/5 Tips for Driving in a Foreign Country

5 Tips for Driving in a Foreign Country

 at 5 Tips for Driving in a Foreign Country

Driving isn’t something you think much about. Everything from starting your vehicle and putting it in reverse to accelerating, braking, and following traffic rules comes to you without any conscious effort. But the moment you’re taken out of your comfort zone and placed on an unfamiliar road in an unfamiliar country, this all changes. Suddenly driving requires a lot more mental effort and strain. Staying safe requires you to plan ahead.

5 Tips for Staying Safe and Sound

Whether it’s a family vacation just across the northern border in Canada, or an extended business trip in Europe, driving abroad comes with its fair share of challenges. A conscientious approach will keep you safe, healthy, and legal. Here are some suggestions:

  1.     Read Up on the Laws

“Just because you are from a different country does not mean you are exempt from following their rules. Reading up on the country’s laws, customs, and general ways of life before you leave will help you prevent any problems from occurring,” InMyArea.com notes.

For those who will be driving within the country, road rules are among the most important laws for travelers to study up on. You want to be sure that you understand the basics – like what side of the road to drive on and rules regarding stoplights and speed limits – but you also need to be aware of the more intricate rules. For example, are you allowed to use your phone while driving? Are seatbelts a requirement for everyone – including passengers?

Playing dumb isn’t a strategy that local law enforcement will look kindly upon. They expect you to know the rules and you’ll be punished like anyone else if you fail to follow the local laws and regulations.

  1.     Choose the Right Vehicle

If you’ll be renting a vehicle, make sure you choose the right type. Instead of going with a flashy sports car or large vehicle that’s tough to maneuver, opt for a safe, compact car that’s easier to handle. It’s also best to choose an automatic transmission, which will eliminate the need for changing gears and lower the risk of stalling. Instead of thinking about the vehicle, you can focus on the road in front of you.

  1.     Carry the Right Documentation

Different countries have different rules regarding the exact documentation that you have to have on you when driving. Some only need your American driver’s license and a form from the car rental company with the vehicle’s registration information. Other counties will require your passport, a temporary local license, insurance, registration, etc. Read up on these rules before you leave for your trip so that you aren’t unprepared.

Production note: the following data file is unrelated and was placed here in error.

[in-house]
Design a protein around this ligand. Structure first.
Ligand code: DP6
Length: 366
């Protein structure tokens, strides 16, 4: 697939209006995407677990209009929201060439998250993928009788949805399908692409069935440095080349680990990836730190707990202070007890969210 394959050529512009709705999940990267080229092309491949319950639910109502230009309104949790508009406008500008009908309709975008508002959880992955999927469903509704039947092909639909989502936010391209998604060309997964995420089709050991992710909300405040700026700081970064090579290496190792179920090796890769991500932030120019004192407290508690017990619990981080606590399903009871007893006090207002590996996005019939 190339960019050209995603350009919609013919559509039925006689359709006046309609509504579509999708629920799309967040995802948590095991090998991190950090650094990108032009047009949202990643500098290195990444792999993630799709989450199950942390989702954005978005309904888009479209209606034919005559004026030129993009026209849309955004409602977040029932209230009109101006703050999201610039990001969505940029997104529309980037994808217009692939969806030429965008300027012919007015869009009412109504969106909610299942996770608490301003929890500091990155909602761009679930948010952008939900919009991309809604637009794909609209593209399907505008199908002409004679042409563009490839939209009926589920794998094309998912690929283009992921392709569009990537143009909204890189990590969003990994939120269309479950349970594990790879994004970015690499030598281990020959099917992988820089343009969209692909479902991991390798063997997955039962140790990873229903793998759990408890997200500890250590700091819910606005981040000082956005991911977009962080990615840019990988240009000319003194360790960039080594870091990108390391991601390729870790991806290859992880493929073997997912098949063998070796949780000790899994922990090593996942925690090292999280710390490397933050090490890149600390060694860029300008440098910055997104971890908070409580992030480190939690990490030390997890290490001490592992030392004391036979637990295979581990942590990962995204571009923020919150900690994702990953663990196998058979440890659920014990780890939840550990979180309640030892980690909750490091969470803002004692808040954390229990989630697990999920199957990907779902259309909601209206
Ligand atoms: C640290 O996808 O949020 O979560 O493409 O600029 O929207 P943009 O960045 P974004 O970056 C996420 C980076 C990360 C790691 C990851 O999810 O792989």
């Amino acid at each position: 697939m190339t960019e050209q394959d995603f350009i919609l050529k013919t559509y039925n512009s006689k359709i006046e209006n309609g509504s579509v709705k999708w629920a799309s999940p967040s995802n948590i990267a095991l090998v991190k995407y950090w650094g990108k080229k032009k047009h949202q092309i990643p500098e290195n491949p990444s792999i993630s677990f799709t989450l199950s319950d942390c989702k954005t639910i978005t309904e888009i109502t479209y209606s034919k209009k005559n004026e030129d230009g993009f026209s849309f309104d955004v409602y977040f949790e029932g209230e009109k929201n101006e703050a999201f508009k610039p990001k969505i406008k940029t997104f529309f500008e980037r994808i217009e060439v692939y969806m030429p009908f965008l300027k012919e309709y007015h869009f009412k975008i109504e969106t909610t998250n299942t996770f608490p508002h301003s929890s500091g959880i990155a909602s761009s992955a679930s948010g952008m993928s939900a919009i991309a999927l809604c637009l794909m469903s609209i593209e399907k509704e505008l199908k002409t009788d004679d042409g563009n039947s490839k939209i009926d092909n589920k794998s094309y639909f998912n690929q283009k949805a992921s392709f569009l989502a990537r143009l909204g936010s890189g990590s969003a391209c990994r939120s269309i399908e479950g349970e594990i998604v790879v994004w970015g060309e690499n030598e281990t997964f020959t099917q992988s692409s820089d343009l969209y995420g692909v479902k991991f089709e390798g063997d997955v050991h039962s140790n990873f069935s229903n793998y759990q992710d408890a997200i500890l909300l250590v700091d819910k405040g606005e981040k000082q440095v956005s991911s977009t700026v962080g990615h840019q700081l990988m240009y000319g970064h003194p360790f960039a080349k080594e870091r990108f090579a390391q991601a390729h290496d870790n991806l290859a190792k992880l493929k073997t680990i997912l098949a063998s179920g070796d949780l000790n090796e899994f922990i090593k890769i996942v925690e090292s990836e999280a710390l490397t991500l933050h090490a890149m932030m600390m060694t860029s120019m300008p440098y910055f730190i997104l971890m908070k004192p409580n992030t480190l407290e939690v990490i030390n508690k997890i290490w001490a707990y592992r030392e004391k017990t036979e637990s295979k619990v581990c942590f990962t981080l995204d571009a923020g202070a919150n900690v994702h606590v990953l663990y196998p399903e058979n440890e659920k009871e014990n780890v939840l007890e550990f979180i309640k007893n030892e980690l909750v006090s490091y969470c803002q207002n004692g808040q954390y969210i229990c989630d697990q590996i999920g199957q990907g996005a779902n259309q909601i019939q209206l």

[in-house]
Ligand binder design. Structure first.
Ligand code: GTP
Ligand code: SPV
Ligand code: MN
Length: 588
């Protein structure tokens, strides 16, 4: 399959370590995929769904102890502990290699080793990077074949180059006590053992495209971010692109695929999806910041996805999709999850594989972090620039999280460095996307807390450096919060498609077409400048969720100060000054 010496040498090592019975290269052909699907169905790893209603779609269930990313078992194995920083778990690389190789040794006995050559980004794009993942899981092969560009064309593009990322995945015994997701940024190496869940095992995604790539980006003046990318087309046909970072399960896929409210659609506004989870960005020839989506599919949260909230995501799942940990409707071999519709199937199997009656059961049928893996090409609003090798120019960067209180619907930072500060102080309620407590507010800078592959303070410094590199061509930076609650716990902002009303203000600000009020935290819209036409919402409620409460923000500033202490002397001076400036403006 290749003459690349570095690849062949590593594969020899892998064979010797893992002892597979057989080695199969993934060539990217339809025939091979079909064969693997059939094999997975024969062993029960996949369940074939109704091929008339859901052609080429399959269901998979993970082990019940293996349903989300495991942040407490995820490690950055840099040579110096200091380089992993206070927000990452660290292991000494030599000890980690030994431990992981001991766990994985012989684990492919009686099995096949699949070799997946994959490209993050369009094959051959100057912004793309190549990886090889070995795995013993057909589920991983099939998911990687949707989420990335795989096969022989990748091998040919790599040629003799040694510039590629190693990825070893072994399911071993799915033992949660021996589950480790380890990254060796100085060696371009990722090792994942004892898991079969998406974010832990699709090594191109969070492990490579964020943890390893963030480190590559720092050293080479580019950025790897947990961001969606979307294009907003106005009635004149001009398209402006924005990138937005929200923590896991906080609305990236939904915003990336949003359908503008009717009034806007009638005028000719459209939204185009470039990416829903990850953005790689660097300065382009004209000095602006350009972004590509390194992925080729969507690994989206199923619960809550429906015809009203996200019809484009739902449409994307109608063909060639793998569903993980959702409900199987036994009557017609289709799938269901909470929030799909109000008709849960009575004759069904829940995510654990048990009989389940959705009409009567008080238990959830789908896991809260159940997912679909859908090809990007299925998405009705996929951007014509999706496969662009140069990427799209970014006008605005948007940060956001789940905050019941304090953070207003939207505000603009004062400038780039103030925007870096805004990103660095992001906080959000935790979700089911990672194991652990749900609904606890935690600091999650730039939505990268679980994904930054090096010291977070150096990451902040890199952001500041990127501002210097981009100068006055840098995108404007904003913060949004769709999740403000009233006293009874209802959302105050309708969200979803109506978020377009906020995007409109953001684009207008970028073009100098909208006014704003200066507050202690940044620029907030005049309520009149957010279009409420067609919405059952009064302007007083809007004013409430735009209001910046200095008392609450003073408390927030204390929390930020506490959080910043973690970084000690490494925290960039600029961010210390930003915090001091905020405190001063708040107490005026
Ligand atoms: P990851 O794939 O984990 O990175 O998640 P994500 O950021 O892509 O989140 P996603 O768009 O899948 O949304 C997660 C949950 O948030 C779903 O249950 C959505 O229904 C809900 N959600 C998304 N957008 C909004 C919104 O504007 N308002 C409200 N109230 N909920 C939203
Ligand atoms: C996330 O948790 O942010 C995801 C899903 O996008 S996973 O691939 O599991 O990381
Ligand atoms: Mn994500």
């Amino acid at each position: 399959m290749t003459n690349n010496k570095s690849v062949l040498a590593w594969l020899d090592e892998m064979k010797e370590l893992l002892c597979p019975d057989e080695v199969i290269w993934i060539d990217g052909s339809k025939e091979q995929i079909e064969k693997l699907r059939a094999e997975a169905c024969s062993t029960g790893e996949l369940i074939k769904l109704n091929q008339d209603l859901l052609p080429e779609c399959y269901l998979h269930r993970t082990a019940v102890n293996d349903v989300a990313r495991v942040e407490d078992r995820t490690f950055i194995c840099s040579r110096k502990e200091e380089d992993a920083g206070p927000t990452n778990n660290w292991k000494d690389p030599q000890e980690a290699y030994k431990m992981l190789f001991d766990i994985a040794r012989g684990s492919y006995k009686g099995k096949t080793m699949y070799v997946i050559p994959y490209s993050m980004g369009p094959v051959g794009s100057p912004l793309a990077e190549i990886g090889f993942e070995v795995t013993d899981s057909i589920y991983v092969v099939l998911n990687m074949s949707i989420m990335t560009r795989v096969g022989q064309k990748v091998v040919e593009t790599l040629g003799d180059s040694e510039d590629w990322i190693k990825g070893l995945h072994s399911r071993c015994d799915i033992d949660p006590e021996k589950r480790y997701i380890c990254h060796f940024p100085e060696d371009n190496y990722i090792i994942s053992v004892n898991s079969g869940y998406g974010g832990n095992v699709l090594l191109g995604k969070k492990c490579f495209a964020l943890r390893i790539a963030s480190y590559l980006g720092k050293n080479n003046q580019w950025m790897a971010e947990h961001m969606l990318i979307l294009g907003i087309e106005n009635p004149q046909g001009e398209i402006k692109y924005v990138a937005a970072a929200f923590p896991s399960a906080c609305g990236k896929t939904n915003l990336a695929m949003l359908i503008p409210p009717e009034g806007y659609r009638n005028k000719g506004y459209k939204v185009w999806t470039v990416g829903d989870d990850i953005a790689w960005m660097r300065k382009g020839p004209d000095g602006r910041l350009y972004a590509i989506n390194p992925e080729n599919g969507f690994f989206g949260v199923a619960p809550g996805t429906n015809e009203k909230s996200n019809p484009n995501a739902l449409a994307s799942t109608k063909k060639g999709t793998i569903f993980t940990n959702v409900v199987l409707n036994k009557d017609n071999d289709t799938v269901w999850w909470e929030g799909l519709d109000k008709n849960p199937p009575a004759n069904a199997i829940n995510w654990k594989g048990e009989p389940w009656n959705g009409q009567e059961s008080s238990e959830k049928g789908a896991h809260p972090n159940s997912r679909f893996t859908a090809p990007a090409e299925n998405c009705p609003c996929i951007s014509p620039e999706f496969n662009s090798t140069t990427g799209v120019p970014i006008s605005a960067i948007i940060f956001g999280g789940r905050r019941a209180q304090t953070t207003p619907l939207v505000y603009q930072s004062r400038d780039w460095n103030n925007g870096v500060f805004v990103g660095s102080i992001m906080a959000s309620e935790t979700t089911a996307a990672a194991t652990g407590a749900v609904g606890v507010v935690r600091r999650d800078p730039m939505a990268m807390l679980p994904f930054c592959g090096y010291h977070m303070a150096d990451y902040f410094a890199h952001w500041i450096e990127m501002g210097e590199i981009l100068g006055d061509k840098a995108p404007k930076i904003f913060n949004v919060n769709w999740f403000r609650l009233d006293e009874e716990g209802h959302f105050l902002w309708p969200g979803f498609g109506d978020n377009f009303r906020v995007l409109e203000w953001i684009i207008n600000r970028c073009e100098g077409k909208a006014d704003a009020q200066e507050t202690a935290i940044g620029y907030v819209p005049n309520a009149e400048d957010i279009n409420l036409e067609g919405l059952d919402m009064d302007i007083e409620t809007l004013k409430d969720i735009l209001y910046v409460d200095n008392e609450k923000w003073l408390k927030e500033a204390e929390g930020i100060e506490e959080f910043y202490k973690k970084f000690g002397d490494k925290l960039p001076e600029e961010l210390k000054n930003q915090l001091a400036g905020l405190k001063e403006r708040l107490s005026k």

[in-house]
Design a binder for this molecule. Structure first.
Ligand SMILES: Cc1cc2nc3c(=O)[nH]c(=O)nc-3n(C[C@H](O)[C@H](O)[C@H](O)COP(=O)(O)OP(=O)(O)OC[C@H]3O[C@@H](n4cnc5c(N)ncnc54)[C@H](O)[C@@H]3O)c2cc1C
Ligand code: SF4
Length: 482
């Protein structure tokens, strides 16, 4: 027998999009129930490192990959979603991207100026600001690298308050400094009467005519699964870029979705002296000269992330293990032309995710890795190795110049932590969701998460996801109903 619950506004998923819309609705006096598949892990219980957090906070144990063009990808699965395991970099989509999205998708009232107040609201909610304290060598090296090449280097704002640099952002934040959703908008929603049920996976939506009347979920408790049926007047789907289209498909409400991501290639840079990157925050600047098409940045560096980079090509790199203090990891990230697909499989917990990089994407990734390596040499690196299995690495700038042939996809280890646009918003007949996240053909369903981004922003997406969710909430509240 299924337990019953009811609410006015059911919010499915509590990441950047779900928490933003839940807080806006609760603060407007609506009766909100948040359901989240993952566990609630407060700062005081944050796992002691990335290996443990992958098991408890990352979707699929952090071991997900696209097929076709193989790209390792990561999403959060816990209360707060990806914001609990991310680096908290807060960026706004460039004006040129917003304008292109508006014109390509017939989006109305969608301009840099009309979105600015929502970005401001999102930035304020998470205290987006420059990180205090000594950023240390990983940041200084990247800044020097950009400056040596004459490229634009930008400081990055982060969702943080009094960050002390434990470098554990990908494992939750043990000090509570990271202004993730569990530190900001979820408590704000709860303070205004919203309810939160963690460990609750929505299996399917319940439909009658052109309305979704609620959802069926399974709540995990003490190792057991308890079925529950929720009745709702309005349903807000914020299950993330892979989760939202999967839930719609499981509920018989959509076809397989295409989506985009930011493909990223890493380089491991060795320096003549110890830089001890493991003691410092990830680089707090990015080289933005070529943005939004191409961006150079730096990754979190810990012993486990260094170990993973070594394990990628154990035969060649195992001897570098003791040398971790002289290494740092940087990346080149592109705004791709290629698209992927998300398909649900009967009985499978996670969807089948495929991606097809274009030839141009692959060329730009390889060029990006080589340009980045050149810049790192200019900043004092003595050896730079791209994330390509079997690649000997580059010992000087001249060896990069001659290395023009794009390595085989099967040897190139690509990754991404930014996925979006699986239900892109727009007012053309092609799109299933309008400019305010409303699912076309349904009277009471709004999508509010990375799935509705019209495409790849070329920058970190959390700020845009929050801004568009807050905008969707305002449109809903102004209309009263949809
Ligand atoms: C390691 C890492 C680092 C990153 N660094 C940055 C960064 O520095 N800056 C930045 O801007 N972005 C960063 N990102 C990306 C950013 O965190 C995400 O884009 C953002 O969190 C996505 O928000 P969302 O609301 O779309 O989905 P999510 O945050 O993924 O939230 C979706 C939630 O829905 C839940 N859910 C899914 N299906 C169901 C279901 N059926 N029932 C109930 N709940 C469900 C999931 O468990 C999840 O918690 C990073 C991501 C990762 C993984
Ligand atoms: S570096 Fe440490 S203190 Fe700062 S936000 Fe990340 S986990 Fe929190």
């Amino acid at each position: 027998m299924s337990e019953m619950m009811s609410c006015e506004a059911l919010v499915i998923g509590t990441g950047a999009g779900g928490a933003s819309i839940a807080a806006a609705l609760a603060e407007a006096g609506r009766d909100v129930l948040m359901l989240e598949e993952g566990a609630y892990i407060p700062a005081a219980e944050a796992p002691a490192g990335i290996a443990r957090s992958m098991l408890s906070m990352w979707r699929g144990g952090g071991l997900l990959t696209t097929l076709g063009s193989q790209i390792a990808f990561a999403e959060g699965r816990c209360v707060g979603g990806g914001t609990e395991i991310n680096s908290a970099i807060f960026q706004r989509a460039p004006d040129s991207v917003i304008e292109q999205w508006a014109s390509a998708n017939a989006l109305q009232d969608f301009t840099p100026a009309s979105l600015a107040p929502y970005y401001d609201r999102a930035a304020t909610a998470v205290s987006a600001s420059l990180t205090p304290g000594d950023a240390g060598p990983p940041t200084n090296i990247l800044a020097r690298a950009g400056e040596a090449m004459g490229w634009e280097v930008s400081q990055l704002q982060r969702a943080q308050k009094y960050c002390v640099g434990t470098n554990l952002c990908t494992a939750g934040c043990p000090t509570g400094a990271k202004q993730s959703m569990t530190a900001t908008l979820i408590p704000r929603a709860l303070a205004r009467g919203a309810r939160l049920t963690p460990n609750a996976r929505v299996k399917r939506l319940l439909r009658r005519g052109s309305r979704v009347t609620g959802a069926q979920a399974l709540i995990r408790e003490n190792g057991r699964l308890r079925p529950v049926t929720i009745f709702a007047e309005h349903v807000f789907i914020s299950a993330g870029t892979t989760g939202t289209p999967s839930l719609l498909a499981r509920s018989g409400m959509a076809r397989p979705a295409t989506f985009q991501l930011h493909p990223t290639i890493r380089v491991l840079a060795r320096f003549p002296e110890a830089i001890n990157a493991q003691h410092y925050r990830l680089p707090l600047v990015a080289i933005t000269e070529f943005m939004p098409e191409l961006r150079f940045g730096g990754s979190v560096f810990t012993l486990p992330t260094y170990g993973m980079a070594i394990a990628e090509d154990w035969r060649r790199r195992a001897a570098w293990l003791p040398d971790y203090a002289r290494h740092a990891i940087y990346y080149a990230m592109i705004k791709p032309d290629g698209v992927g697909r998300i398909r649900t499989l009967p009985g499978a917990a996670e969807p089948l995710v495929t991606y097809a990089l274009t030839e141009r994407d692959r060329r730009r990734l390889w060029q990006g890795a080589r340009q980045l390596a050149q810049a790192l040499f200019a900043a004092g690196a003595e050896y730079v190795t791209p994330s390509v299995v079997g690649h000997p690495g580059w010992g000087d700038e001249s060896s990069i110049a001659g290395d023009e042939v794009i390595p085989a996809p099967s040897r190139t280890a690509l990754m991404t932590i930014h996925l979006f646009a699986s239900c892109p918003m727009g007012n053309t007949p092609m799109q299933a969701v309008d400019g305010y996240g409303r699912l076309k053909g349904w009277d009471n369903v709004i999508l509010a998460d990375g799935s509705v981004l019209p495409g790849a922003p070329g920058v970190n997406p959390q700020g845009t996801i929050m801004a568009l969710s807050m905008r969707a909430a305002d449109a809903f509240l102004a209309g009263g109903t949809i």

1.     Use Your GPS

Whether you’re driving five minutes from your hotel to a business conference center, or you’re embarking on a multi-hour trip from one city to the next, be sure to plug the destination into your hands-free GPS and follow the prompts. When you don’t have to worry about navigating, you can direct all of your energy and focus toward the road.

  1.     Relax and Take it Easy

Driving abroad is stressful. And when you’re high strung, all it takes is one little issue to throw you off your game and make you angry, frustrated, or emotional. Being aware of this tendency will help you confront potentially stressful situations with greater poise.

“Drivers in the country you are in may be a bit aggressive, so focus on what you are doing and don’t let them distract you. Most importantly, don’t allow them to get you riled up to the point that your focus moves from the road to their actions,” The Remote Life explains. “If you find yourself getting frustrated with what is going on around you, move over into the slow lane and calm down. If you feel distracted, find a safe place to pull over.”

Always Plan Ahead

Safety is the number one concern when you’re on the road. Whether you’re in your hometown or halfway around the world in a country that you’ve never seen before, it’s important that you take proactive steps to reduce your risk of breaking laws and/or being injured. Hopefully this article has given you an idea of a few proactive steps you can take.

VN:F [1.9.22_1171]
Rating: 1.0/10 (1 vote cast)
5 Tips for Driving in a Foreign Country, 1.0 out of 10 based on 1 rating

(CEO / Editor / Journalist) – Bruno is the owner and CEO of Motorward.com; he’s responsible for the entire team, editorial guidelines and publishing. Bruno has many years of experience in the auto industry, both managing automotive websites and contributing to the press.